And women are not a one-dimensional group, noted Hon. Aroma Dutta from Bangladesh. Sure, gender equality programming and work to ensure leaving no one behind are distinct. But when designed and implemented together, they can have an effect beyond the mere sum of their parts. Just ask women and girls with disabilities; or those from an ethnic, religious, or linguistic minority about the difference in quality and impact between holistic and ad hoc services.

3. Numbers are necessary, but insufficient

As the number of women in politics continue to grow, albeit slowly, it is also clear that something more is needed. More women means little by way of substantive change in law and policy unless accompanied by a change in attitude. To be effective in institutions originally designed by and for men, women must have equal access to resources, education, mentoring, training, and career advancement. Until it is just as usual for a women to be the minister in charge of the security services as it is to be minister of health, change remains quantitative rather than qualitative.

4. If it’s not in the budget, it doesn’t exist

“The success of gender sensitive laws has everything to do with the budget.” - Sofia Vasquez, Gender Analyst, UNDP Guatemala

Countries are increasingly embracing gender mainstreaming. If, as too often happens, such measures lack adequate funding, they fail. The gateway for the allocation of public resources, the parliamentary budget process, is one of the key determinants of the quality of public policy. Gender-responsive budgeting (GRB) systematically integrates a gender perspective into the budget process. A highly technical exercise, it requires MPs and those who work with them to develop a very specific set of skills. These skills must be mainstreamed in the oversight of COVID-19 responses, as witnessed by the work of the Senate Committees on Finance and Health in Guatemala. They are equally essential to secure the institutionalization and resourcing of gender equality within the parliamentary institution. In Sri Lanka, women members successfully advocated and operationalized a gender-sensitive budget approach in 2018.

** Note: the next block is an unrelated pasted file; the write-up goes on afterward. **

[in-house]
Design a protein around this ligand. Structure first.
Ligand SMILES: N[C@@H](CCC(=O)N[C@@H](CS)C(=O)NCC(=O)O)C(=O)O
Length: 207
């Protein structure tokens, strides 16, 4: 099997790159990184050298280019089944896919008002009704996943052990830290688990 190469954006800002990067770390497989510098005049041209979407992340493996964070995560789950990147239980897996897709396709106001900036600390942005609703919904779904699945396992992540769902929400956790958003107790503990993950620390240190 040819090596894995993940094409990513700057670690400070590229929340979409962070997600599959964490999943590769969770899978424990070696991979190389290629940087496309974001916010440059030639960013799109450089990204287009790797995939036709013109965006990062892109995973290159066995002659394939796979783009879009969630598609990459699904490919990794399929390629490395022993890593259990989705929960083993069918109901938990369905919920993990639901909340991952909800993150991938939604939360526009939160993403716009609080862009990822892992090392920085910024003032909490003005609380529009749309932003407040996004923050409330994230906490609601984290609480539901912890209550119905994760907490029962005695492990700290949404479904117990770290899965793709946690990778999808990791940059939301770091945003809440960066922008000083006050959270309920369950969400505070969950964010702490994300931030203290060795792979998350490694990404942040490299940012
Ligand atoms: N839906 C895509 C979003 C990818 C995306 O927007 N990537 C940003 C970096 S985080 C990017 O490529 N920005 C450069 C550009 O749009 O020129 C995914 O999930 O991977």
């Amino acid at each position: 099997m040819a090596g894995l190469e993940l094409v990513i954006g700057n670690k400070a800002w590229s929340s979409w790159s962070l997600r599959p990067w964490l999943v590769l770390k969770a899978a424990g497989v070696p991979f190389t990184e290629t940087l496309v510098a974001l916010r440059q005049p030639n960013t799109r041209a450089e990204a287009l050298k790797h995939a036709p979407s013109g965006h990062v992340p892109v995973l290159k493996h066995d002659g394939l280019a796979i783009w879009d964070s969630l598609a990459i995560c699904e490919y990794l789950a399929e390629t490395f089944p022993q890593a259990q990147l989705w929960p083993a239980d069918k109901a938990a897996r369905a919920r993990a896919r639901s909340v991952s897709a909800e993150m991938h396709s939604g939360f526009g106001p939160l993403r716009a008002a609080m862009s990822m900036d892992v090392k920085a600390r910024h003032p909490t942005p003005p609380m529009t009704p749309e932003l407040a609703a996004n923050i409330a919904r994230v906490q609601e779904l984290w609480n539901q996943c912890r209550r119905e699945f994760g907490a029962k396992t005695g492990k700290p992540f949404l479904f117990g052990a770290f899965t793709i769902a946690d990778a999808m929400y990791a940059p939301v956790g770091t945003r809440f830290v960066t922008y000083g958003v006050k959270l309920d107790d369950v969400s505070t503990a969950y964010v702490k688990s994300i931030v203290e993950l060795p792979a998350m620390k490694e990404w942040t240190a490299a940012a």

5. Inclusivity, integrity, and respect are bulwarks against gendered violence

‘The way in which we can have (a strong voice for gender equality) is by being politically mature and being inclusive to the views and positions of all women and person of diverse SOGIESC.” Marleni Matias, President of the Forum for Women, Guatemala